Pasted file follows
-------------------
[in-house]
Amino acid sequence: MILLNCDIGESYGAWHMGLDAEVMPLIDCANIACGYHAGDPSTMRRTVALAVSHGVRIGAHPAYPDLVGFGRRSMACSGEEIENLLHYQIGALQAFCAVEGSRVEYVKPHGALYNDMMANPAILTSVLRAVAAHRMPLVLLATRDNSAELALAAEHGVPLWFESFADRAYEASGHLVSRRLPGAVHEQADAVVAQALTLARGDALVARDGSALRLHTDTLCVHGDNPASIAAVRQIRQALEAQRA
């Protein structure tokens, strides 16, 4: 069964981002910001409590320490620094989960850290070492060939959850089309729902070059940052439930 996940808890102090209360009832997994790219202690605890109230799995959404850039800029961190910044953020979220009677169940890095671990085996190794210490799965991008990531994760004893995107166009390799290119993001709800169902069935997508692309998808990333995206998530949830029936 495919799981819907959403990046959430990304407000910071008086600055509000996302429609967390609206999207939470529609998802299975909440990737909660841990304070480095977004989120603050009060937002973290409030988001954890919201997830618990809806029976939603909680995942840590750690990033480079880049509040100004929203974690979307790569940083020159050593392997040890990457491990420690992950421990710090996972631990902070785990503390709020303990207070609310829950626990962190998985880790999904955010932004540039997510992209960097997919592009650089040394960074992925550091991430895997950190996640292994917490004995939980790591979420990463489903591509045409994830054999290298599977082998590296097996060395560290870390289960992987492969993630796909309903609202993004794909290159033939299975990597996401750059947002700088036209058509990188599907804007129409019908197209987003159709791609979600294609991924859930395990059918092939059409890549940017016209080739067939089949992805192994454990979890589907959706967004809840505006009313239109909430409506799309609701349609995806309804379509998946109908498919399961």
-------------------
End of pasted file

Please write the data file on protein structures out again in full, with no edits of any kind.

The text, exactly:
[in-house]
Amino acid sequence: MILLNCDIGESYGAWHMGLDAEVMPLIDCANIACGYHAGDPSTMRRTVALAVSHGVRIGAHPAYPDLVGFGRRSMACSGEEIENLLHYQIGALQAFCAVEGSRVEYVKPHGALYNDMMANPAILTSVLRAVAAHRMPLVLLATRDNSAELALAAEHGVPLWFESFADRAYEASGHLVSRRLPGAVHEQADAVVAQALTLARGDALVARDGSALRLHTDTLCVHGDNPASIAAVRQIRQALEAQRA
């Protein structure tokens, strides 16, 4: 069964981002910001409590320490620094989960850290070492060939959850089309729902070059940052439930 996940808890102090209360009832997994790219202690605890109230799995959404850039800029961190910044953020979220009677169940890095671990085996190794210490799965991008990531994760004893995107166009390799290119993001709800169902069935997508692309998808990333995206998530949830029936 495919799981819907959403990046959430990304407000910071008086600055509000996302429609967390609206999207939470529609998802299975909440990737909660841990304070480095977004989120603050009060937002973290409030988001954890919201997830618990809806029976939603909680995942840590750690990033480079880049509040100004929203974690979307790569940083020159050593392997040890990457491990420690992950421990710090996972631990902070785990503390709020303990207070609310829950626990962190998985880790999904955010932004540039997510992209960097997919592009650089040394960074992925550091991430895997950190996640292994917490004995939980790591979420990463489903591509045409994830054999290298599977082998590296097996060395560290870390289960992987492969993630796909309903609202993004794909290159033939299975990597996401750059947002700088036209058509990188599907804007129409019908197209987003159709791609979600294609991924859930395990059918092939059409890549940017016209080739067939089949992805192994454990979890589907959706967004809840505006009313239109909430409506799309609701349609995806309804379509998946109908498919399961």